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What is regulation?An interdisciplinary concept analysis
The area of regulation has witnessed considerable maturation over the past decades. Since the 1970s, with the introduction of the “economic theory of regulation” and the rise of consumer, risk, and environmental regulatory activity, it has developed into an international fifield of practice and research, expanding particularly in the 1980s and 1990s. Regulatory bodies have been established around the world, the language of regulation has become widespread in public and academic discourse, and the effectiveness of different modes and tools of regulation has come under scrutiny, particularly in the context of the financial crisis, environmental disasters, and the safety of food and medicine. The field has also gone through a number of academic life stages: there has been increased specialization in the disciplines in which regulation is studied, growth in the number of research centers and fora for exchange, the creation of a journal devoted to the fifield, and the publication of a range of handbooks.
Yet the question of what this has meant for the main concept in the field – regulation – is still on the table. Some have suggested that there is agreement to disagree. For instance, Baldwin et al. argue that there are three main conceptions: (i) regulation as “the promulgation of an authoritative set of rules, accompanied by some mechanism for monitoring and promoting compliance with these rules,” (ii) regulation as “all the efforts of state agencies to steer the economy,” and (iii) regulation as “all mechanisms of social control – including unintentional and non-state processes”. The variation is attributed to differences in disciplinary concerns, with lawyers, political scientists, and economists building mainly on the fifirst two conceptions, while socio-legal scholars emphasize the third .
Yet some defifinitions enjoy cross-disciplinary appeal. For instance, many authors rely on Selznickrsquo;s defifinition of regulation as “sustained and focused control exercised by a public agency over activities that are valued by the community”. Equally prominent is Blackrsquo;s more detailed defifinition of regulation as “the sustained and focused attempt to alter the behaviour of others according to defifined standards and purposes with the intention of producing a broadly identifified outcome or outcomes, which may involve mechanisms of standardsetting, information-gathering and behaviour modifification” .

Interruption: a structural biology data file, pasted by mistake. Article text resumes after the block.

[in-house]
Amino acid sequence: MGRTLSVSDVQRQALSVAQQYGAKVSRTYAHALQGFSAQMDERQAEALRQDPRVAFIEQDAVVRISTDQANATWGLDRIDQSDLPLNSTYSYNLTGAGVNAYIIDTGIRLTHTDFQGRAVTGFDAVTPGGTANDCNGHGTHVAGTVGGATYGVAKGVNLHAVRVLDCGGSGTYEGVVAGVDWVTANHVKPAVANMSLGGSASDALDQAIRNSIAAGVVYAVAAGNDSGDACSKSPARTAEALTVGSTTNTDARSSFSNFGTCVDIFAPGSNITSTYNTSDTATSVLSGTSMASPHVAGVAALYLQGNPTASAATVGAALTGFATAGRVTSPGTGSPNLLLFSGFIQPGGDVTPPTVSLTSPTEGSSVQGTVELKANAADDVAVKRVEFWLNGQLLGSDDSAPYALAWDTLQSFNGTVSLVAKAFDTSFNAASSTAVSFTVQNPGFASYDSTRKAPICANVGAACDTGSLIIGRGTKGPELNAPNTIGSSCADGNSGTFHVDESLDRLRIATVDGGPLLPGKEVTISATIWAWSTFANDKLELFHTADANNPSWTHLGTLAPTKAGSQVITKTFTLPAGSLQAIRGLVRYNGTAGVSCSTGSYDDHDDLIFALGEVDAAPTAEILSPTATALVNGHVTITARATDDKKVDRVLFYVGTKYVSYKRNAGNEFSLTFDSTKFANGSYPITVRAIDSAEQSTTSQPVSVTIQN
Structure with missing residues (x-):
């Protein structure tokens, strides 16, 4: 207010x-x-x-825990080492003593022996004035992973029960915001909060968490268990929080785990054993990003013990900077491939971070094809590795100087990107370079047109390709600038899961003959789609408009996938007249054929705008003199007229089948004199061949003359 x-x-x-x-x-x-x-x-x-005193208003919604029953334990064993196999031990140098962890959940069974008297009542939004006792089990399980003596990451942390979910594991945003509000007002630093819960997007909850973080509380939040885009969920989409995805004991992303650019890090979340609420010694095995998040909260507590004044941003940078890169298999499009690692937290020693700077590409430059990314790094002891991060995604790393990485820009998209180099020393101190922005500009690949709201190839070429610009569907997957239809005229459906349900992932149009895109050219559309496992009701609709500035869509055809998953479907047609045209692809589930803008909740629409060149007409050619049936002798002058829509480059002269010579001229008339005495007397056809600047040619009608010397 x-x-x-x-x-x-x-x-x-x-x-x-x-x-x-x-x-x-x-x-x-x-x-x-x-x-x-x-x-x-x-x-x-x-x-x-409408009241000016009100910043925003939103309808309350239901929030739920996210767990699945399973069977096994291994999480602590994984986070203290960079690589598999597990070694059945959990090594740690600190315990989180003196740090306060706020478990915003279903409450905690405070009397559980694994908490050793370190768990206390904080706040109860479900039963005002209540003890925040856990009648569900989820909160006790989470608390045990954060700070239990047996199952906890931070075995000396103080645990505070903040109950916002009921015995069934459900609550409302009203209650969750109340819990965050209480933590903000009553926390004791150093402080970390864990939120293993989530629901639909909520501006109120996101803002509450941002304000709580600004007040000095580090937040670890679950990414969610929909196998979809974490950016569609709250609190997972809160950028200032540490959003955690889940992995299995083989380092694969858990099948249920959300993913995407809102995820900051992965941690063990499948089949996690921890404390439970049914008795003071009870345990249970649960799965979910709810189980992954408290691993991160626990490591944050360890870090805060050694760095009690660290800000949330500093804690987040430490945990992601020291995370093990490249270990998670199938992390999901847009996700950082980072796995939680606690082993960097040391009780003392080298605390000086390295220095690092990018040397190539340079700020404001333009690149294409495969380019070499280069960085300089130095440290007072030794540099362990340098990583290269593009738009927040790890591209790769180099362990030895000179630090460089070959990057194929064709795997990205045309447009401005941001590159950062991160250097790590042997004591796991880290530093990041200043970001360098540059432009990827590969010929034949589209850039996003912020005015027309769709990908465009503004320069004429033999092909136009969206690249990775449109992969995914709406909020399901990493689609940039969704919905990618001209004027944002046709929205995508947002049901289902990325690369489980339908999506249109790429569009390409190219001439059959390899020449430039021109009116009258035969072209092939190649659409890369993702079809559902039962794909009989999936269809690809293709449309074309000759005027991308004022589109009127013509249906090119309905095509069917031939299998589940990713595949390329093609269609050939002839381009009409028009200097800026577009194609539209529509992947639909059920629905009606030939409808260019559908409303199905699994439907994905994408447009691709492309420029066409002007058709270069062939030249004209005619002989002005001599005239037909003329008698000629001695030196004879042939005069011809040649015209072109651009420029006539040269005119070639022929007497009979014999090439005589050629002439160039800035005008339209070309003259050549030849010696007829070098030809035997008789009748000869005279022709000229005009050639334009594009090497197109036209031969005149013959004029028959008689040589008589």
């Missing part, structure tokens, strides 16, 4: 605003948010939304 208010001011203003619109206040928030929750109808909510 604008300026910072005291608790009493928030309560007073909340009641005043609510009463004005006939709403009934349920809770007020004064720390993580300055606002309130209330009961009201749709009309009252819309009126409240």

Our study addresses the question whether we can identify any agreement on the defifinition of regulation across different social science disciplines. Do we still find disciplinary preoccupations or does scholarship point to a state of cross-disciplinary conceptual consolidation? Our main findings suggest that there are shared conceptions of regulation across disciplines,with research interests that are not discipline-specifific driving the variation in conceptions.
Searching for Platonic essences
As noted, scholars have stated that the diversity of properties that are associated with regulation make it impossible to come to a single defifinition of the concept we refer to as regulation. As Baldwin et al. put it, there are “a variety of defifinitions in usage which are not reducible to some Platonic essence or single concept” .In addition, Black points out that the defifinition used often strongly depends on the problem that the author is interested in . As a consequence, Levi-Faur argues,“we should recognize the many meanings of regulation and devote our attention to understanding each othersrsquo; terms” .
Nonetheless, two main observations can be made. First, at an abstract level, authors agree that regulation is about intervention in the behavior or activities of individual and/or corporate actors. As Mitnick puts it, “the central element of the class of behaviors that might be termed lsquo;regulationrsquo; is an interference of some sort in the activity subject to regulation – it is to be governed, altered, controlled, guided, regulated in some way” . Similarly, Moran indicates, “its core meaning is mechanical and immediately invokes the act of steering” . Mitnick adds that this implies that regulated activities are not to be replaced or banned; they are only to be regulated. This is reflflected in Selznickrsquo;s defifinition, which refers to “activities that are valued by a community” and, thus, excludes most areas of criminal law enforcement. In Mitnickrsquo;s view, “there should be public recogniti